Great ResignationInflationSupply ChainsLeadership

Tiffany sues LVMH after $16 billion deal collapses

September 9, 2020, 2:25 PM UTC

The luxury industry’s biggest takeover is unraveling as LVMH moved to call off a $16 billion purchase of Tiffany & Co., which countered with a lawsuit to try to keep the deal on track.

The Louis Vuitton owner cited delays related to a U.S.-France trade dispute, while the jeweler said the French giant was trying to leverage the protests against police brutality and the COVID-19 pandemic to seek a lower price.

Tiffany shares plunged as much as 11% in New York, while LVMH gave up gains to trade 0.3% lower in Paris.

The deal, struck in November 2019, ran into trouble after coronavirus-related lockdowns closed shops around the world and curbed international travel, hitting demand for luxury goods. Adding Tiffany was seen as a way for LVMH Chairman Bernard Arnault to bolster the French company’s U.S. presence by adding an iconic label known for its robin’s egg blue packaging.

Backing away from the deal would be a rare setback for Arnault, who built his empire through a string of acquisitions, amassing a conglomerate encompassing everything from Dior fashions to Dom Perignon Champagne. Tiffany offered a rare opportunity to gain a major brand in the jewelry market, which remains largely splintered among artisanal manufacturers, while other global names like Richemont’s Cartier are already owned by competitors.

Tiffany’s global net sales fell 29% in the quarter ended July 31, though that was an improvement from a 45% drop reported the previous period. The turmoil in the luxury market since the coronavirus spread had prompted speculation that LVMH would seek a lower price.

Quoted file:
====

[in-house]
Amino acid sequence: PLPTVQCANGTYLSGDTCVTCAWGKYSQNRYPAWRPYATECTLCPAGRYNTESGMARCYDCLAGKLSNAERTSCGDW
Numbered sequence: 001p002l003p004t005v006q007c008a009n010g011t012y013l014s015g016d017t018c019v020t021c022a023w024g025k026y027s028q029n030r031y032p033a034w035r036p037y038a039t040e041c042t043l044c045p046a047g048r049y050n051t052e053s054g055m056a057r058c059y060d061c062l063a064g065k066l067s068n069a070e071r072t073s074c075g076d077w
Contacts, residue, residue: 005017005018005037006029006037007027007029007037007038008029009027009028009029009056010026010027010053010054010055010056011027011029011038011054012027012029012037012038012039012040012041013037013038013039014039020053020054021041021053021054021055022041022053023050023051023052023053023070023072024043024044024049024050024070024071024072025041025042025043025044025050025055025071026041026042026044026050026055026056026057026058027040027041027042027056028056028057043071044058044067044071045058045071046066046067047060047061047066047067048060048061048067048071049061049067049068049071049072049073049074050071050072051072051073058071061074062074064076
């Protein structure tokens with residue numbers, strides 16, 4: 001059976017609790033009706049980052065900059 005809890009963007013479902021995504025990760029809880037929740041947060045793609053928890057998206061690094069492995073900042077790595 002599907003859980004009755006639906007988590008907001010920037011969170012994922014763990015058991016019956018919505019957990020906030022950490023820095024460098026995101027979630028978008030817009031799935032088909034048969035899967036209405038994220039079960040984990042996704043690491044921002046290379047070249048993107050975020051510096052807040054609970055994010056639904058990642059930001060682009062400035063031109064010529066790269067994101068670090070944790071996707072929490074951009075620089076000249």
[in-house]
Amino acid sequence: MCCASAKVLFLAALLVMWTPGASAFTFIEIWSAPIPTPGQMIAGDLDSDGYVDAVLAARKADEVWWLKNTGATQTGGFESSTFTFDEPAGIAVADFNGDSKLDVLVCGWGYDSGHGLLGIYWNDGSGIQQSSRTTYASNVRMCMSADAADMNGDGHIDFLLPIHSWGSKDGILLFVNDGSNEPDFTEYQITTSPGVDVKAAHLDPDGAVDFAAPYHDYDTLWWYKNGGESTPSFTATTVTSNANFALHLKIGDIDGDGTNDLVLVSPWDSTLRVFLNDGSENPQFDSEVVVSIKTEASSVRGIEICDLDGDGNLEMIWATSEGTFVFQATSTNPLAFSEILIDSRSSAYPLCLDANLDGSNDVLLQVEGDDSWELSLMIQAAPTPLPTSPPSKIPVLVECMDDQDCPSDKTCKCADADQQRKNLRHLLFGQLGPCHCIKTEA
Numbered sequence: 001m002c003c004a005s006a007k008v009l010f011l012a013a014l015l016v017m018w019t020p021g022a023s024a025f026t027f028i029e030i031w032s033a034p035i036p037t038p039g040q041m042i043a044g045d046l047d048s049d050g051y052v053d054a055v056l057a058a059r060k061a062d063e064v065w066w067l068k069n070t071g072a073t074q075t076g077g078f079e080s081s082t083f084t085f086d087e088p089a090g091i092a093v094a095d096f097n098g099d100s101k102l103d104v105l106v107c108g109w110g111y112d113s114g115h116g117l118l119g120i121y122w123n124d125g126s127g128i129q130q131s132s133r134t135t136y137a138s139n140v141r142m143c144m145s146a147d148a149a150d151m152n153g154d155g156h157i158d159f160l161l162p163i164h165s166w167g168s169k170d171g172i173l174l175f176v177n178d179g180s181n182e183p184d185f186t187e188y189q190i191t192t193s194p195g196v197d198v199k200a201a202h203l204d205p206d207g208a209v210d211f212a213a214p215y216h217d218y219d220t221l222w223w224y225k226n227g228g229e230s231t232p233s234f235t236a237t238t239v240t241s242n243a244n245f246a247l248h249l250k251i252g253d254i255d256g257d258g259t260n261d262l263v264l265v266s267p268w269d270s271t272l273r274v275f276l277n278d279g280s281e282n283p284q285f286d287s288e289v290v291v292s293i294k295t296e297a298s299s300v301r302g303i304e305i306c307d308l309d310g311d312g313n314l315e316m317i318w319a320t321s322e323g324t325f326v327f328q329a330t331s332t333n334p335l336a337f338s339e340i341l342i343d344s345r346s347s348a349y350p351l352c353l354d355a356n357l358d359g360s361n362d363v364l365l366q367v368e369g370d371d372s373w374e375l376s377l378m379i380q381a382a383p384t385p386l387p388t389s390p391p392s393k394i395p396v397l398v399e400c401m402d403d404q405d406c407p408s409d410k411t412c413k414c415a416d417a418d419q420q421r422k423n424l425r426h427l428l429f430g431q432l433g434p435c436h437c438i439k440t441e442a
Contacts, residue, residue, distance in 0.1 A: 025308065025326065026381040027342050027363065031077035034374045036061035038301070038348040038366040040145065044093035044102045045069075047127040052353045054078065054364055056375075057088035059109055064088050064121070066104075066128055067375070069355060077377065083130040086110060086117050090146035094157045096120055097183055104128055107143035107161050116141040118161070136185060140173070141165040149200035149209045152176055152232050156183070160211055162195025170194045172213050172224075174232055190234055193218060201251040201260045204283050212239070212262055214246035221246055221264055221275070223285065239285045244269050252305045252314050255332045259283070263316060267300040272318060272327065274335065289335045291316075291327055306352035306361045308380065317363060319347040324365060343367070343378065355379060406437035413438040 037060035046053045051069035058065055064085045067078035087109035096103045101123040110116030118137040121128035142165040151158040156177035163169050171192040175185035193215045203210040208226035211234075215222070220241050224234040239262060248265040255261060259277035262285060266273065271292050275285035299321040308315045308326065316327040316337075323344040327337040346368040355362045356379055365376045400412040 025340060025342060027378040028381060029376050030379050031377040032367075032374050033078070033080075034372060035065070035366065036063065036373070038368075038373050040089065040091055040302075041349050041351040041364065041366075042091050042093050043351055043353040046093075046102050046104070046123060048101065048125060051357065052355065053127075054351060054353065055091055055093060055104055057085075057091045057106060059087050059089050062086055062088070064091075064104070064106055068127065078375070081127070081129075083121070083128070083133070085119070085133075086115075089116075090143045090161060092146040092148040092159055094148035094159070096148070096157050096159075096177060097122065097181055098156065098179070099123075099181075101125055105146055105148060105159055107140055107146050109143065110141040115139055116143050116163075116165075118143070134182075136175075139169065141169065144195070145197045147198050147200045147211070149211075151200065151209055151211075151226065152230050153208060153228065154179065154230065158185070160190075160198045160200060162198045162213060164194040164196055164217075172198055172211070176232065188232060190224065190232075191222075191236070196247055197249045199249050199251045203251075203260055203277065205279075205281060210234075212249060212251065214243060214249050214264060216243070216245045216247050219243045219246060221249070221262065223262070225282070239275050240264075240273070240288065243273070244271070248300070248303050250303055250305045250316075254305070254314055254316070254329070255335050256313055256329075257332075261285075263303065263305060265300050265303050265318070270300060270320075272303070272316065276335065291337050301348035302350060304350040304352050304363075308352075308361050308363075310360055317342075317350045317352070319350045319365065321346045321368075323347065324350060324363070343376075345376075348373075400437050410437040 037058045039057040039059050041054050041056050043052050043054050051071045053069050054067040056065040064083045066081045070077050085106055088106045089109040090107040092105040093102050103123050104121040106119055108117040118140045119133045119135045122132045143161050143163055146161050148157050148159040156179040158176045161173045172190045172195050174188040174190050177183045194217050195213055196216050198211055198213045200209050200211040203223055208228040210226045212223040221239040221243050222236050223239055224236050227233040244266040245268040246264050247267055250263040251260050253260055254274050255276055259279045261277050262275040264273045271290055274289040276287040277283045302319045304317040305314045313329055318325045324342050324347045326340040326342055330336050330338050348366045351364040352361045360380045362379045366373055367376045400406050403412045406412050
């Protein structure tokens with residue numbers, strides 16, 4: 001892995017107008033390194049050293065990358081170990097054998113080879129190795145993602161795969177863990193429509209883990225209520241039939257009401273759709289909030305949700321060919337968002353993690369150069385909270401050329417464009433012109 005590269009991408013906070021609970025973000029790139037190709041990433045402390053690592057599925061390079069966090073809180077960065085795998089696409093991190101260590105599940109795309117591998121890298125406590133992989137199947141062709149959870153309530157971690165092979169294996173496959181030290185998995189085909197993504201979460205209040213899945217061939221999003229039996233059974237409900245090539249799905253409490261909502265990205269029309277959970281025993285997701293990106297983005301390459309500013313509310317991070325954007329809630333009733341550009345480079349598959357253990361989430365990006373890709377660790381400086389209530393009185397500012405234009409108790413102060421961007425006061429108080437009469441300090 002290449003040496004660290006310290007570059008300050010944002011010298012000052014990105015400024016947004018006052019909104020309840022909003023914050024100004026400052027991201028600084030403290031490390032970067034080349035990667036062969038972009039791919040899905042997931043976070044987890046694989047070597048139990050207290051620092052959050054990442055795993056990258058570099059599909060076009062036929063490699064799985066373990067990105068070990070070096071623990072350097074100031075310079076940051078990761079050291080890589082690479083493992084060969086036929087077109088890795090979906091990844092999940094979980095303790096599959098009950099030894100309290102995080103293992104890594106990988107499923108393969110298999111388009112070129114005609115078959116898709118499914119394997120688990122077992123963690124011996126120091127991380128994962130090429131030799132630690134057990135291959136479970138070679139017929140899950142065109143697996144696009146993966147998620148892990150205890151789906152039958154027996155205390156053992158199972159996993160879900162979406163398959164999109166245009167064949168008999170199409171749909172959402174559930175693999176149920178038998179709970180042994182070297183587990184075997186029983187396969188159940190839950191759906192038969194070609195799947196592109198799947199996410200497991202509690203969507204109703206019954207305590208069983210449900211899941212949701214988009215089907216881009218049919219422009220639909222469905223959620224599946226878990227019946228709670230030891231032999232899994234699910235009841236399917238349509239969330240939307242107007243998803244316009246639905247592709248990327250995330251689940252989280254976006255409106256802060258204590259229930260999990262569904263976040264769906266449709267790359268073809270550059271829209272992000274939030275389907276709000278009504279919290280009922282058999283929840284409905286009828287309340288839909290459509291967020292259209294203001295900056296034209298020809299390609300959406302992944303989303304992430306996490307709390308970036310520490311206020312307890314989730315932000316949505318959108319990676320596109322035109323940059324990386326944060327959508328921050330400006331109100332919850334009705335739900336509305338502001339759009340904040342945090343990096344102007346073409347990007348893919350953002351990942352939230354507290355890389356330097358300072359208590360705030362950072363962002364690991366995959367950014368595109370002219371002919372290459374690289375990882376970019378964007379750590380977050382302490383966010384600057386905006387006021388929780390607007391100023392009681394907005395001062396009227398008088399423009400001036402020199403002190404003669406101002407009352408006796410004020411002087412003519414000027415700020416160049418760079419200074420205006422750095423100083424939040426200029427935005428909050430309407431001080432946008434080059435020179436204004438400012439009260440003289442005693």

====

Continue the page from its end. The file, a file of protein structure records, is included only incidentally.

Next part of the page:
“It’s a great way out for LVMH,” said Keith Temperton, a trader at Lombard Forte Securities, in an email. “They had paid a top-of-the-market price ahead of the pandemic for Tiffany. It’s not surprising, their efforts to wriggle out of it.”

Deadline extended

The jeweler last month extended the deal deadline by three months, to Nov. 24, prompting LVMH to say it reserved the right to challenge the new closing date.

LVMH said the French government in a letter had asked the company to delay the deal beyond Jan. 6, 2021, citing a U.S. move to impose tariffs on French goods.

“It’s a governmental order—we have no other choice,” LVMH Chief Financial Officer Jean-Jacques Guiony said on a conference call Wednesday, adding that advisers told the company the government has the right to ask for a postponement.

After that comment, LVMH was forced to cut the call with Guiony short because of a technical problem. It’s scheduled to resume at 3:45 p.m. Paris time.

In July, the U.S. announced 25% tariffs on French goods including makeup, soap and handbags in a long-running battle over taxing global technology firms. The implementation of the levies was delayed for 180 days while France suspended collection of its digital services tax, which the U.S. says unfairly targets American firms.

A month before LVMH and Tiffany struck their deal last year, Arnault traveled to Texas to join President Donald Trump at a ribbon-cutting ceremony for a new Louis Vuitton factory, part of a plan by the French tycoon to hedge against trade tensions.

After reaching an agreement to buy the jeweler, Arnault described it as an “iconic, emblematic brand of America, with a great history,” and said the deal would boost its prospects in Europe and China.

Delaware suit

The government’s request to LVMH for a delay in the closing date has no basis in French law, Tiffany said.

The lawsuit, filed in Delaware, “refutes LVMH’s suggestions that it can avoid completing the acquisition by claiming Tiffany has undergone a material adverse effect or breached its obligations under the merger agreement, or that the transaction is in some way inconsistent with its patriotic duties as a French corporation,” Tiffany said.

The reason advanced by LVMH, notably the letter from the government, is “convenient,” but it’s not an “excuse you can invent,” Sanford C. Bernstein analyst Luca Solca said by phone.

The price LVMH would have to pay to walk away wouldn’t be a “very material amount,” Solca said. That’s because typically U.S. courts would look only at the negative impact for the company, not shareholders. The courts would probably assess the costs of the legal and financial advisers and any third party that advised Tiffany.